Durian’s Scent vs. Stench ?!
Strong, bold, intensive, potent, etc are some of the words you may hear about it. Even in their shell/husk, covered, wrapped-up… the smell still gets around, you can’t hide it, simply. In regard to the smell of durian, you can dive deeper here, just ignore their comments though, lots of war on good haters.
If one loves durian, its smell to them is like heaven. Back in the old days, I know they used to dry the shell of durian (after emptying out the flesh) and leave them under their beds. I slept on one too, gosh, so many memories there.
With such divination, This is why we’re all divided about durian and why it is banned on most airplanes, trains, or public transportation in Thailand, Vietnam, Malaysia…
So if you’re traveling to those countries, most places that sell durian will have seats to eat on-site. If you have to carry out, make sure that your hotel/lodging allows durian inside.
Durian Flavor, Texture, Taste & varieties
Okay, so let’s say you pass the scent test, are you pondering if its taste worth all the trouble? If you’re like me you’d have known, cause my other half’s literally on the “other half” side of Durian. It’s like a war every time I try to sneak one in. Did I just say that I love Durian? Double that, it’s my guilty pleasure so I’ll only speak for this side of the good half.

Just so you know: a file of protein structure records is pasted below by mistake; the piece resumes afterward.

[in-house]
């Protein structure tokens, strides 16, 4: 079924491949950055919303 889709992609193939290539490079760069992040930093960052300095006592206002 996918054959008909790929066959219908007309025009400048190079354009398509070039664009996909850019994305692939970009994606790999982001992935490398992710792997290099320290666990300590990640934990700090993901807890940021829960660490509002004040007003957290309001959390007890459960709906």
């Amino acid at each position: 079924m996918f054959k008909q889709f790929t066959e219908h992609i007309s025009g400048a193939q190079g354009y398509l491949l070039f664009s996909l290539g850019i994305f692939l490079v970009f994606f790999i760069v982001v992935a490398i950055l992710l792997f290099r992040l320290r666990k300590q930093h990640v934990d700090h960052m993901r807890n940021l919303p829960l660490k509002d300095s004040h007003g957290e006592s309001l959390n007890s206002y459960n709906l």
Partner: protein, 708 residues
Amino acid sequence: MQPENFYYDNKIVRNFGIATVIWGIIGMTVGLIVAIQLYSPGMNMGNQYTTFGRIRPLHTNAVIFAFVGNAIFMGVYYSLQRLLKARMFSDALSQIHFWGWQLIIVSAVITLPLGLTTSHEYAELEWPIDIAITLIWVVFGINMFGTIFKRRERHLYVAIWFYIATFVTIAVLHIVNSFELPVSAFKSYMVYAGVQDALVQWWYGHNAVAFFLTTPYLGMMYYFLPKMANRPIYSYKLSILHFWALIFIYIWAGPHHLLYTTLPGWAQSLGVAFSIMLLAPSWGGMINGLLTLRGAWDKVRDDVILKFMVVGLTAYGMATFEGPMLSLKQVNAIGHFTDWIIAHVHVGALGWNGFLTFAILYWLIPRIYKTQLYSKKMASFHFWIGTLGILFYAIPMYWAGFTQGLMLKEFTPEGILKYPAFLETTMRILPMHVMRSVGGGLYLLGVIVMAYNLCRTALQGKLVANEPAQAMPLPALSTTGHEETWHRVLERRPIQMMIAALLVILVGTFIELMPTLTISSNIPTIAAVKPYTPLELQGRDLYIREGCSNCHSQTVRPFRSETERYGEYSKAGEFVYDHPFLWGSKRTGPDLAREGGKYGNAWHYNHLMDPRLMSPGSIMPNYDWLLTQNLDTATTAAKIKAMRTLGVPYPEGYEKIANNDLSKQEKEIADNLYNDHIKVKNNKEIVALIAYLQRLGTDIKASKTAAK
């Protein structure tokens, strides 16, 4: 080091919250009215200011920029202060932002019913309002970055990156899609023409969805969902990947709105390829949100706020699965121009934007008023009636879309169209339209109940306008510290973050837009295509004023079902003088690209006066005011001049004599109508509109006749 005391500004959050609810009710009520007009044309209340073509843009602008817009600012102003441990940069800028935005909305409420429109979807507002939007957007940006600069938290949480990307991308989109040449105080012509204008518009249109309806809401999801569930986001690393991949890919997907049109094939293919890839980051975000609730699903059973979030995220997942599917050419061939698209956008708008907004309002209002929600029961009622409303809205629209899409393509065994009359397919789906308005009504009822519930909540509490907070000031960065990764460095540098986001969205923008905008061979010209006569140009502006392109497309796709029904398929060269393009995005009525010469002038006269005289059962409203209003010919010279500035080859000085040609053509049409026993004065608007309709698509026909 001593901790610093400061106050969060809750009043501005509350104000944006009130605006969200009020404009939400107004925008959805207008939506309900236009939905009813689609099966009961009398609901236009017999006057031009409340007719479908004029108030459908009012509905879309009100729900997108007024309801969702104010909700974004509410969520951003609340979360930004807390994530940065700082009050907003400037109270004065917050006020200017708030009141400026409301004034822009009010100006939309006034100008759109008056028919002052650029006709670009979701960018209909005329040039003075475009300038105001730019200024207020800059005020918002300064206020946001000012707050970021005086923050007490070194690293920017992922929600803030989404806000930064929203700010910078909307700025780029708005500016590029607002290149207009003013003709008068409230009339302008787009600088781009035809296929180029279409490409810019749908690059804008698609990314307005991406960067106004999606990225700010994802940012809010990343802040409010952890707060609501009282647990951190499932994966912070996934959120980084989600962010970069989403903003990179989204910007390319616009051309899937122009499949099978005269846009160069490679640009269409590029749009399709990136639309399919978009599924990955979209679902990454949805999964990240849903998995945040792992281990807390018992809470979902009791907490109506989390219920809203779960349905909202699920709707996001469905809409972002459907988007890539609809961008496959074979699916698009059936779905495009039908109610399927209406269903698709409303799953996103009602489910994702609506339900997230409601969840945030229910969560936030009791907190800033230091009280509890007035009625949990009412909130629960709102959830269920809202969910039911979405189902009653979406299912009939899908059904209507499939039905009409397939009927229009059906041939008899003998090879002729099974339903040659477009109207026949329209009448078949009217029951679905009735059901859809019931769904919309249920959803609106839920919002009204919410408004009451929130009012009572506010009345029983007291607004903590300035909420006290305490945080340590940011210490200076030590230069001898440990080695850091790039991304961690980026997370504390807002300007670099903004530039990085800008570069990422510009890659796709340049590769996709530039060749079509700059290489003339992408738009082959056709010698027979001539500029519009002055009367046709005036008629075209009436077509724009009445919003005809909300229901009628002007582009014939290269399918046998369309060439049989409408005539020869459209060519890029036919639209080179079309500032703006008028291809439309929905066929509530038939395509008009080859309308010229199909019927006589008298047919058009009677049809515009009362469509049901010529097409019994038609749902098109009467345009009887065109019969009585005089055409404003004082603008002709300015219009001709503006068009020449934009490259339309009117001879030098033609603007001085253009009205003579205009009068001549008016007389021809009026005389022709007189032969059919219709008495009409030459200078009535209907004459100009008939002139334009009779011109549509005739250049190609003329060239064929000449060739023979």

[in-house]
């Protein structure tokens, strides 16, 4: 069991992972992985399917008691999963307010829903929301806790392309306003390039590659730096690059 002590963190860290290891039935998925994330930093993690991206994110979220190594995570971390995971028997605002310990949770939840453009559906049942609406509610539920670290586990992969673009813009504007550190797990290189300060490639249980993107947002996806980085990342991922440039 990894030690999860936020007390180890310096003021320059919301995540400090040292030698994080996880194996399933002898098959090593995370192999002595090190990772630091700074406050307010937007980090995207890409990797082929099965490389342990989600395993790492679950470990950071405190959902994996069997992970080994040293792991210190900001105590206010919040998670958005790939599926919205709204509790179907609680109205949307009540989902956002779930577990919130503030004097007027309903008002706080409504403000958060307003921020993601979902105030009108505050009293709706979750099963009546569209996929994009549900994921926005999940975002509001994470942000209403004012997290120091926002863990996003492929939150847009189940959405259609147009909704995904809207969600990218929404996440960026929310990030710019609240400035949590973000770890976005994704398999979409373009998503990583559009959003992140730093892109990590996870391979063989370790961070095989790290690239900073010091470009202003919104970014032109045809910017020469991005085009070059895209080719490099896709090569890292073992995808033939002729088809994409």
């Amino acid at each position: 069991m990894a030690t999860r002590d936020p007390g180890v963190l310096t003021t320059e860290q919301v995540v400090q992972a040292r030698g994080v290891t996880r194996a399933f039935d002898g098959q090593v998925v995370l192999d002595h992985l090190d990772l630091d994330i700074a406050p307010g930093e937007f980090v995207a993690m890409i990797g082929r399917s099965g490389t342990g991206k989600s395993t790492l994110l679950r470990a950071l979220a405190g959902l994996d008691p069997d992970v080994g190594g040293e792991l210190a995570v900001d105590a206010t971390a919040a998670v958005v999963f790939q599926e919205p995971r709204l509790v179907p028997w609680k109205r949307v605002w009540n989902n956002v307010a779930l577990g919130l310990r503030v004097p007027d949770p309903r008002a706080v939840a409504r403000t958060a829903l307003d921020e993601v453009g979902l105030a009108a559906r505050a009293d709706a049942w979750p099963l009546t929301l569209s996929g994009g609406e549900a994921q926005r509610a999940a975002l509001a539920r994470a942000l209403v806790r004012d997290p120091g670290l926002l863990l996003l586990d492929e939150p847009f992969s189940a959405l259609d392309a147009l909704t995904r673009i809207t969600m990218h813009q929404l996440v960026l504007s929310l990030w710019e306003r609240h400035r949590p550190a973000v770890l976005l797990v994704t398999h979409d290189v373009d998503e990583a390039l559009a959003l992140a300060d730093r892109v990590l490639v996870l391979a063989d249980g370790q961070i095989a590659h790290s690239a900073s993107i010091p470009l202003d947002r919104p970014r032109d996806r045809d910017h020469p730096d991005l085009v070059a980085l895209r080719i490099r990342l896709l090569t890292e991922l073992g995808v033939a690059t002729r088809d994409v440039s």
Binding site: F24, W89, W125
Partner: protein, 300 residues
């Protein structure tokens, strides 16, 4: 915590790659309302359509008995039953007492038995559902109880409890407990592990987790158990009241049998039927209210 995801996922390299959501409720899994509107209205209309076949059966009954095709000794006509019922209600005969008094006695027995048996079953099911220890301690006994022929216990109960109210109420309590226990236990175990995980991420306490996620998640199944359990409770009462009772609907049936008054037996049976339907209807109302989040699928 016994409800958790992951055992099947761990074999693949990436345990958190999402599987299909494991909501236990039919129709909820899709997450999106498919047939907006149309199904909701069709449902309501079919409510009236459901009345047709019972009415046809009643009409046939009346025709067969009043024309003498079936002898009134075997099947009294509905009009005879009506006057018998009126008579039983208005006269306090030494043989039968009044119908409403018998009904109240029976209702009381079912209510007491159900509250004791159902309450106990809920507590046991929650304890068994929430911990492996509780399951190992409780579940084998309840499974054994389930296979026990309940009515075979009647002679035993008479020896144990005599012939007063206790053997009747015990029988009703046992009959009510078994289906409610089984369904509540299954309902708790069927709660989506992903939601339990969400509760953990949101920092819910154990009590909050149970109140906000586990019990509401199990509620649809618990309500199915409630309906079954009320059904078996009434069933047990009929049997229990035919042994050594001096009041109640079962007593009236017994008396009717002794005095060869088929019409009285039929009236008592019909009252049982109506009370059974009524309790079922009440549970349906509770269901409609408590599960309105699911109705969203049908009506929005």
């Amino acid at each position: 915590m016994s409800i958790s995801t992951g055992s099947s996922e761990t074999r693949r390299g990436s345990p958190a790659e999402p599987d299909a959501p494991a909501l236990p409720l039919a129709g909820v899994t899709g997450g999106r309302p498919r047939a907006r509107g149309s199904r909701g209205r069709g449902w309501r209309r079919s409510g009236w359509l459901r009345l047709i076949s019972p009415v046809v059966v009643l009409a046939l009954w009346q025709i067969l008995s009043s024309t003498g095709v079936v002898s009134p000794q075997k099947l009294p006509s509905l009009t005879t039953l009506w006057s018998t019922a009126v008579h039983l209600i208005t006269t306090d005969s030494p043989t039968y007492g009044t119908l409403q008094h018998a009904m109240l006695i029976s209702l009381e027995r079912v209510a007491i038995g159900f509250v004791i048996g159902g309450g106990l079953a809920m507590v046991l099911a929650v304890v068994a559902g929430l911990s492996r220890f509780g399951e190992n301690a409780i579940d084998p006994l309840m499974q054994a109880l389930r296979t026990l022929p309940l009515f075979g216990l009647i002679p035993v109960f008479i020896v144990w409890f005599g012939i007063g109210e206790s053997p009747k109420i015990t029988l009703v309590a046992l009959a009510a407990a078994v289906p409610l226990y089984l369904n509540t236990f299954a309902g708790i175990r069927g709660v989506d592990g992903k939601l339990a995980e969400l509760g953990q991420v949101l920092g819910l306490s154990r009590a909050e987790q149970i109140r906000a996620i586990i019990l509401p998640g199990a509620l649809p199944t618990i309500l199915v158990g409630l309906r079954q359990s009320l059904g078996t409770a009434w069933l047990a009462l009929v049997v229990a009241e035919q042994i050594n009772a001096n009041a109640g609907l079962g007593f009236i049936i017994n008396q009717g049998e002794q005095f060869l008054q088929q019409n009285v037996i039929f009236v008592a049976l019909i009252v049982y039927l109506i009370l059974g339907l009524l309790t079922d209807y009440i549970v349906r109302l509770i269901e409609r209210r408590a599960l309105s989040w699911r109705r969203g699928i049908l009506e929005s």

Durian’s texture is a bit like custard, depend on the variety, it can be ranging from runny yogurt to harden cream cheese. In general, they are sweet with a hint and mix of other flavors. Durian can go bad too, and when it does, it becomes sour and mushy, which is what turning back many first-time eaters since it’s harder for them to detect a good quality, Durian.
Anyhow, here’s a list of some popular/common varieties grouped by destination:
Thailand: Monthong, Chanee & Kanyao
There are more than 200 varieties being found and cultivated in Thailand, however, the top three mentioned are massively developed for commercial purposes.
Among them, Monthong Durian would be the most popular in the States, any place here that sells Durian would sell the Monthong period. It’s the top commercially export Durian variety in Thailand. This is due to its seeds’ size on a smaller scale, which allows its flesh to be easily extracted and frozen. Aside from that, it has a soft meaty texture with creamy rich, and mildly sweet taste. Its smell is less intensive compared to other species, thus more acceptable to the mass.